Without spoiling the games for the Browncoats at GenCon and DragonCon, I can say that the scenarios we played were smart and fun. They fit Firefly perfectly, and finished up well in their 4-hour blocks.

They were written by gaming demi-god James M. Ward, whose resume goes back to the original “three little books” version of D&D.

Each game had plot elements you might recognize from Serenity (the TV pilot), Ariel, Bushwhacked, Shindig, Objects in Space or Safe. We had to get a job, fly the clients and/or their cargo there, deal with double-crosses, shoot bad guys and keep flyin’. There was plenty of dice rolling to get us used to the system, and each crew member seemed to have a part to play.

I’m going to contact the Serenity RPG crew, and see what kind of details I can reveal.


I can tell you that watching the second game with the original crew was almost like watching an episode of the show. When I was playing the first game, I almost felt like I was IN the show.

Now, they didn't have anything published for us to look at, except deckplans for Serenity and Aces & Eights, but I'm really fired up about this game. It looks like it's gonna be flexible and cinematic. It's going to give the characters a lot of control over what happens and encourage them to role-play well and come up with a Joss-worthy story along the way.


See pictures from the games, including deckplans, character sheets, handouts and us gamers:


Registered User
Validated User
Sounds nifty - thanks for the info / update.

The link you posted is providing a response that its bandwidth has been exceeded (so, it appears more than a few folks have been taking a look).

Bootleg Girl

RPGnet Member
Sounds awesome. The setting isn't really fleshed out enough for a game, in my opinion, but the system sounds amazing.

I wanna see a Star Wars conversion!


More Ullish in Hue
Validated User
This goes against what we've heard from the playtesters, but it is good to get the opinion of someone outside the development process. Glad you had fun and it doesn't sound too bad.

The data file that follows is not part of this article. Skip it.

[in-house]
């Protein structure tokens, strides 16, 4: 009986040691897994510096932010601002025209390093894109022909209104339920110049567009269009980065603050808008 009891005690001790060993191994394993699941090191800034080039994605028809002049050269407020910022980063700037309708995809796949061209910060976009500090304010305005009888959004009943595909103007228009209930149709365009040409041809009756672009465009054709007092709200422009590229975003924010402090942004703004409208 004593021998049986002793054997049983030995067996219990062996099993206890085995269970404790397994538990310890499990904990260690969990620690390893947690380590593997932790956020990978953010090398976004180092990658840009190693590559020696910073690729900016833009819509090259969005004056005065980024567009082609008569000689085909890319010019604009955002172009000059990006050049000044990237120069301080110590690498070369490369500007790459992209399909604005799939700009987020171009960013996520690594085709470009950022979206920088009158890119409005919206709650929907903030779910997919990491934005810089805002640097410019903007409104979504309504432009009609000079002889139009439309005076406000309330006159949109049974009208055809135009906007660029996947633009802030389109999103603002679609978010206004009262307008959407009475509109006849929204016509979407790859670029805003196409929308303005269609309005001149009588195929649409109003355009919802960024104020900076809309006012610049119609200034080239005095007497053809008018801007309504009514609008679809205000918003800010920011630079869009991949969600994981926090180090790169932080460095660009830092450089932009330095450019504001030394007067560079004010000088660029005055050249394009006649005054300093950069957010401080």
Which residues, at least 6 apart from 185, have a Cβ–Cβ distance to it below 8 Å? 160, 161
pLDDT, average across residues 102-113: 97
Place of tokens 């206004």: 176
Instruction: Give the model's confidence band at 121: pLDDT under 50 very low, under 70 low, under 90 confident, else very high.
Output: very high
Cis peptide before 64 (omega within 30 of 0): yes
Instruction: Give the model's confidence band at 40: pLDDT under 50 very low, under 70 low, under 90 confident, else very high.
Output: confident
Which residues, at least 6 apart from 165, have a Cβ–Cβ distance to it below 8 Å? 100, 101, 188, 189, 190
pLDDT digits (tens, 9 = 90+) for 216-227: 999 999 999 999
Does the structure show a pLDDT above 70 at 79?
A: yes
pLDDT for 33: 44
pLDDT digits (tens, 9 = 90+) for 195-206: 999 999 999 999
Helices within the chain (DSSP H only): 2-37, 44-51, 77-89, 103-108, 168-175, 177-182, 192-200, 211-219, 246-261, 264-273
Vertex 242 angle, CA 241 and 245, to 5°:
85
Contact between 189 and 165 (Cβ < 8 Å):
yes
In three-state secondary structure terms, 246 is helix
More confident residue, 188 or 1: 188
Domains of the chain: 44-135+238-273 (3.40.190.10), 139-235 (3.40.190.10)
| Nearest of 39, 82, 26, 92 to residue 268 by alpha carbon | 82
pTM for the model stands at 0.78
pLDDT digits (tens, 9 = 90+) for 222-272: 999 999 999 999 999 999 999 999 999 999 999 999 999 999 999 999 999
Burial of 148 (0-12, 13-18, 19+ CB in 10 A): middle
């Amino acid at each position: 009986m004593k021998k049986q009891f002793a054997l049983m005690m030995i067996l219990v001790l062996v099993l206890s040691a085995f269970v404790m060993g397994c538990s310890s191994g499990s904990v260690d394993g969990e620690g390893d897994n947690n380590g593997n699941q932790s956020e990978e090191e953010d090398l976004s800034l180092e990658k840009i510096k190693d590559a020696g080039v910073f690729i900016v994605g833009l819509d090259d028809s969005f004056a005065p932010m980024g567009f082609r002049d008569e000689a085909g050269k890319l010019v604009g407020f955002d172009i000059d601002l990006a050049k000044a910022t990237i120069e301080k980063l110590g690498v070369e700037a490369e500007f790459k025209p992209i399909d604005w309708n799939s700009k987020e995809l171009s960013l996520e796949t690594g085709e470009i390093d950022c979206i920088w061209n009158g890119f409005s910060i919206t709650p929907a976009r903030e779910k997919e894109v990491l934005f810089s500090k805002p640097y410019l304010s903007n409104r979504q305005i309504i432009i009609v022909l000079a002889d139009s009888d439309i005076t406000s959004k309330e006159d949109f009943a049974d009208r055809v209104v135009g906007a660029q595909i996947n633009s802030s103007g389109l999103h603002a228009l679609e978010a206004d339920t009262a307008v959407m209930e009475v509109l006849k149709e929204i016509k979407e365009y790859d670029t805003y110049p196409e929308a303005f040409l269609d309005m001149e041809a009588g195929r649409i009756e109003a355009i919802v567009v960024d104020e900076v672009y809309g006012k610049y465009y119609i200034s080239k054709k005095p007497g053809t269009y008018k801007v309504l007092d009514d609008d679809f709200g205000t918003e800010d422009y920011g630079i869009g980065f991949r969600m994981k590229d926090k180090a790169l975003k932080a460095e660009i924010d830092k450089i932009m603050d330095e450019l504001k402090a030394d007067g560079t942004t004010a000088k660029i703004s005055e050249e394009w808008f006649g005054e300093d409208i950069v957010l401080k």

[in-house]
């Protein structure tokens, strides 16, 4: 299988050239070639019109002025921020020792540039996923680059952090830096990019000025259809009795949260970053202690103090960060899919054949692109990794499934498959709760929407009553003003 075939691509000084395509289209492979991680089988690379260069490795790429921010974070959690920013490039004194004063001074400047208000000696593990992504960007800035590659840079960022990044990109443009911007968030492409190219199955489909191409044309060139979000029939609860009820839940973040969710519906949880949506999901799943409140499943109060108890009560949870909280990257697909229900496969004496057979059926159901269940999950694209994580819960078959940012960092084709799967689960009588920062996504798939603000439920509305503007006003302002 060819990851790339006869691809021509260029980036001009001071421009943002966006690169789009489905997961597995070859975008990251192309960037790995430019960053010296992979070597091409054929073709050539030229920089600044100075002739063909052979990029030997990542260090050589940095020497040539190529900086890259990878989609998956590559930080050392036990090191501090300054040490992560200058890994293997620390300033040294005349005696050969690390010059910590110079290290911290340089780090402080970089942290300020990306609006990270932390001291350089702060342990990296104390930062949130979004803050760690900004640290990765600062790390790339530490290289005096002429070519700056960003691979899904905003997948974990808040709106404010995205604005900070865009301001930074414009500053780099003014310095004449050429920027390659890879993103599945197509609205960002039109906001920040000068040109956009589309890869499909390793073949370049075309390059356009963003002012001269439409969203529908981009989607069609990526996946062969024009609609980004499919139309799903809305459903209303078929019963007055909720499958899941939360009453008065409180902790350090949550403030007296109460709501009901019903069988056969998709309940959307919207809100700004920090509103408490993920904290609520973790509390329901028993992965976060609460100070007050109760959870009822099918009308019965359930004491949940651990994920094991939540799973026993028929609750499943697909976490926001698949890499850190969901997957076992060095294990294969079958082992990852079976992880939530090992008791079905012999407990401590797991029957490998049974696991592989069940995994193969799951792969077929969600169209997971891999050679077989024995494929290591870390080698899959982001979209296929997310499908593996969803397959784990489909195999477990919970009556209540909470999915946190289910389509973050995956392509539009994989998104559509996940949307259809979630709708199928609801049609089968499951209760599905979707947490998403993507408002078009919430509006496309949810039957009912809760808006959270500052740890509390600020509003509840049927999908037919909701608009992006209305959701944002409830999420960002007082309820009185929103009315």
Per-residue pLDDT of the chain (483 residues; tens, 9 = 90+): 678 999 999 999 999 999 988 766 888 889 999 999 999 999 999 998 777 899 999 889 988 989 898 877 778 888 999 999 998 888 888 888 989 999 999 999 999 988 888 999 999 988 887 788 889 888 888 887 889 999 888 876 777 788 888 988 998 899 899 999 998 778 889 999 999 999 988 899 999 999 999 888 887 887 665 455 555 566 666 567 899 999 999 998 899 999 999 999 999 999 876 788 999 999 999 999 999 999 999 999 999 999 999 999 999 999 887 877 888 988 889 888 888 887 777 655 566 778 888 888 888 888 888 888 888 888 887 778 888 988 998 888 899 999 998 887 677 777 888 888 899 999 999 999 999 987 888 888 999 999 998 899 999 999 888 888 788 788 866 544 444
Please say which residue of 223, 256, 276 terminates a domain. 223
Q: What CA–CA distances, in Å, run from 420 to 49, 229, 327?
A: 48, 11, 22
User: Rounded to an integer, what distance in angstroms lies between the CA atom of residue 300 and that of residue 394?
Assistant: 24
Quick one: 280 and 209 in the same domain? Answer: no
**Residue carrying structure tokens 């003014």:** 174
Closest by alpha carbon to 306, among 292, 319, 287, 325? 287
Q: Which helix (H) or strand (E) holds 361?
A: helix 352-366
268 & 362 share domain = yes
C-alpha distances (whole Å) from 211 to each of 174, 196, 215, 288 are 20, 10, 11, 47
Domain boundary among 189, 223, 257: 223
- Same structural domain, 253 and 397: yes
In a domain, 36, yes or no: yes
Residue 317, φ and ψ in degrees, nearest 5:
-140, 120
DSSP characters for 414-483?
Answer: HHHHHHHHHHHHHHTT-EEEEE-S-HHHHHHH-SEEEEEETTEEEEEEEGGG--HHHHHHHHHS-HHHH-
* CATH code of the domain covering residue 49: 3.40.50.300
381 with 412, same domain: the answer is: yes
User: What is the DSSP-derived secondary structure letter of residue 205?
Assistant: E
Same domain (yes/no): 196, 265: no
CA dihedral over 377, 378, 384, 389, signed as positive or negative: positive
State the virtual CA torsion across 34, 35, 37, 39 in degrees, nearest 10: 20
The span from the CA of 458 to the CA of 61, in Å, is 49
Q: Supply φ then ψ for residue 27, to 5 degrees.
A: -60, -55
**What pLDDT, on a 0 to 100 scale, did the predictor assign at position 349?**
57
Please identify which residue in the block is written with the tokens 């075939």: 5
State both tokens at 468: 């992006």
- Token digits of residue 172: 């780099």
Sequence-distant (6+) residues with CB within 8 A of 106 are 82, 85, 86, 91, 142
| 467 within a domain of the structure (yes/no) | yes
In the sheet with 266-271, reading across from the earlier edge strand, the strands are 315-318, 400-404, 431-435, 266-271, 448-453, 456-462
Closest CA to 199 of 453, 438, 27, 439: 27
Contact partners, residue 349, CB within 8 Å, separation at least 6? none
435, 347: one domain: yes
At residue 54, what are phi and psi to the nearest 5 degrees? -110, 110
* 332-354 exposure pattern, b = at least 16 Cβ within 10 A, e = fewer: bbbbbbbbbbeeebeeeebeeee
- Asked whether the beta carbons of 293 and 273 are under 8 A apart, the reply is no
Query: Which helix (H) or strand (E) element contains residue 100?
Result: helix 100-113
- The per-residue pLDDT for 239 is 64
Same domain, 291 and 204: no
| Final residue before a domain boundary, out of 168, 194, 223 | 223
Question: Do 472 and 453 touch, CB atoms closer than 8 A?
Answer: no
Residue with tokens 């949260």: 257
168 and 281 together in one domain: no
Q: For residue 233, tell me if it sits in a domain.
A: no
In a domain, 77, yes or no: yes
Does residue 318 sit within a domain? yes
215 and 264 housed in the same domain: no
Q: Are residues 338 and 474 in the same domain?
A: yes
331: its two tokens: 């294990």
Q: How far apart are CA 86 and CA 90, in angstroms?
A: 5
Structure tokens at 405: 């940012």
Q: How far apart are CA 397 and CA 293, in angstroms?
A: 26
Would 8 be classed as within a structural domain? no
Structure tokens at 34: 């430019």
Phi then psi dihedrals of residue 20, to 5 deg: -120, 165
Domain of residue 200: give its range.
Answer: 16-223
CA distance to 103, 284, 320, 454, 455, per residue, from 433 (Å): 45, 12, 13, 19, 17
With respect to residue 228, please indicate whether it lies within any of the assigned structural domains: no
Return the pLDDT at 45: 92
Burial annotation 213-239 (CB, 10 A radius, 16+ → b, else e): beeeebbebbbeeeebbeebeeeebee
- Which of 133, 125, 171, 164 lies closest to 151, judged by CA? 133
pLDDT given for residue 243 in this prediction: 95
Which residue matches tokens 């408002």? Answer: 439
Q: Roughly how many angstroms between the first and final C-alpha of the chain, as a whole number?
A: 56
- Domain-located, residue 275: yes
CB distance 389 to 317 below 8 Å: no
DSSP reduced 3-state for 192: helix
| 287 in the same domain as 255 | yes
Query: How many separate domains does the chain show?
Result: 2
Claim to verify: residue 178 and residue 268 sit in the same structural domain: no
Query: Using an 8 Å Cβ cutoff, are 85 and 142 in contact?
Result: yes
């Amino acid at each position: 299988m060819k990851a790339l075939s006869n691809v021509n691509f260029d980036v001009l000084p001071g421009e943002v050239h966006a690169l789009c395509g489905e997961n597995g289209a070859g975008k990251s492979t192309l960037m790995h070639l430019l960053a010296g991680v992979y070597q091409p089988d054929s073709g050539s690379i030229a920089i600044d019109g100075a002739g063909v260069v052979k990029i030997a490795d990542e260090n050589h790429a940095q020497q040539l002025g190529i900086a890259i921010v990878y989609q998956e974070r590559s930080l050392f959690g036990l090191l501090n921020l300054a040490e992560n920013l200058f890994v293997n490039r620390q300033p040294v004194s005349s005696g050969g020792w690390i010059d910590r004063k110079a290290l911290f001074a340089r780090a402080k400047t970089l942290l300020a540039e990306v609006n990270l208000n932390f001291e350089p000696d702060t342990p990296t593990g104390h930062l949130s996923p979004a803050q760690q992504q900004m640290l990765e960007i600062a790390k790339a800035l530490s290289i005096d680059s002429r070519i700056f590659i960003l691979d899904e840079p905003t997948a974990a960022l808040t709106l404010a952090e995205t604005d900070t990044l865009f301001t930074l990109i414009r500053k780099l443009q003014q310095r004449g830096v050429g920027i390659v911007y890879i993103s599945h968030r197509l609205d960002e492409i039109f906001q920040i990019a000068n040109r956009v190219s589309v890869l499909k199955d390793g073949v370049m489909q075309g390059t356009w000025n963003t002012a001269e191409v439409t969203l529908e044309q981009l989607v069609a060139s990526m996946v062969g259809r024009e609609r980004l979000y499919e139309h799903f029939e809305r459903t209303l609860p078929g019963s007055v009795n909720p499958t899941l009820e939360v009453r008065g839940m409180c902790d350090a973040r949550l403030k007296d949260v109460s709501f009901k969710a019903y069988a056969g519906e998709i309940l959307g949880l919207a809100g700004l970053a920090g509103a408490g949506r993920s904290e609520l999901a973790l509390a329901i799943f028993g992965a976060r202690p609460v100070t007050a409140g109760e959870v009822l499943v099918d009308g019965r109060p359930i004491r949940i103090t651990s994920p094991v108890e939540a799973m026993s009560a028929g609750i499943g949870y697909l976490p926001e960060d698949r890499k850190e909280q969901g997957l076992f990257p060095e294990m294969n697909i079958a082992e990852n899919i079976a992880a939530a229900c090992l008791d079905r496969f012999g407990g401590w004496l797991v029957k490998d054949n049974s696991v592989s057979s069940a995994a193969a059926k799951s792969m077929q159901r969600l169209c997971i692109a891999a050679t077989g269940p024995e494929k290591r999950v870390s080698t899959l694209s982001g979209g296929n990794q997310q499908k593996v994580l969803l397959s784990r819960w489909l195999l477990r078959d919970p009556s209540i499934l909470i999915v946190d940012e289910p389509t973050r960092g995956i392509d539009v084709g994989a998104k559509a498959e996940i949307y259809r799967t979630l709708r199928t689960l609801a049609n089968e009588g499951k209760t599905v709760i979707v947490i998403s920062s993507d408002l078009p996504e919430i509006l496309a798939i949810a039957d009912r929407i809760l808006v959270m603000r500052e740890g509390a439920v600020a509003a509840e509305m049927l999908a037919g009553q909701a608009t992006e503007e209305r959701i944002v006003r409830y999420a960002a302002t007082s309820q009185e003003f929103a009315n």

And you, young Serenity RPG...we will watch your career with great interest.

I'm hoping the RPG book is more setting than mechanics, but if the mechanics are good, cool. Not sure if my group would ever get into this game or not - what makes Firefly good is the interaction between the characters, and you get that from a script or from people who are good at roleplaying. My group is hack-and-slash with a lot of friendly bullshitting, they aren't deep roleplayers. That wouldn't make a game based on Firefly or Serenity any different than Generic Space Setting #482. For a group a little less set in their ways, though, could be a lot of fun.



What Are You Afraid Of?
Validated User
Cool, thanks for the recap and mini-review...I'll have to check it out a GenCon. I'm just getting into the Firefly series and it looks promising. I'm hoping for a good game and a good movie when it comes out...




It looks interesting, but I'm kinda leery of the different-dice-for-skills-and-rolls approach. Still, I'll take a good look at it during GenCon, if it's there.


Validated User
Thornhammer said:
I'm hoping the RPG book is more setting than mechanics, but if the mechanics are good, cool.

I'm much the same way. I can play Firefly using just the DVDs for background and any number of systems for characters - Unisystem, Silhouette, GURPS, Fading Suns, hell I could even dust off the ol' Star Frontiers stuff. What I'd be looking for would be stuff that I can't get from just watching the show or the movie. Otherwise I doubt I'd see much value in the book, even if I am a raving Firefly fanboy. ;)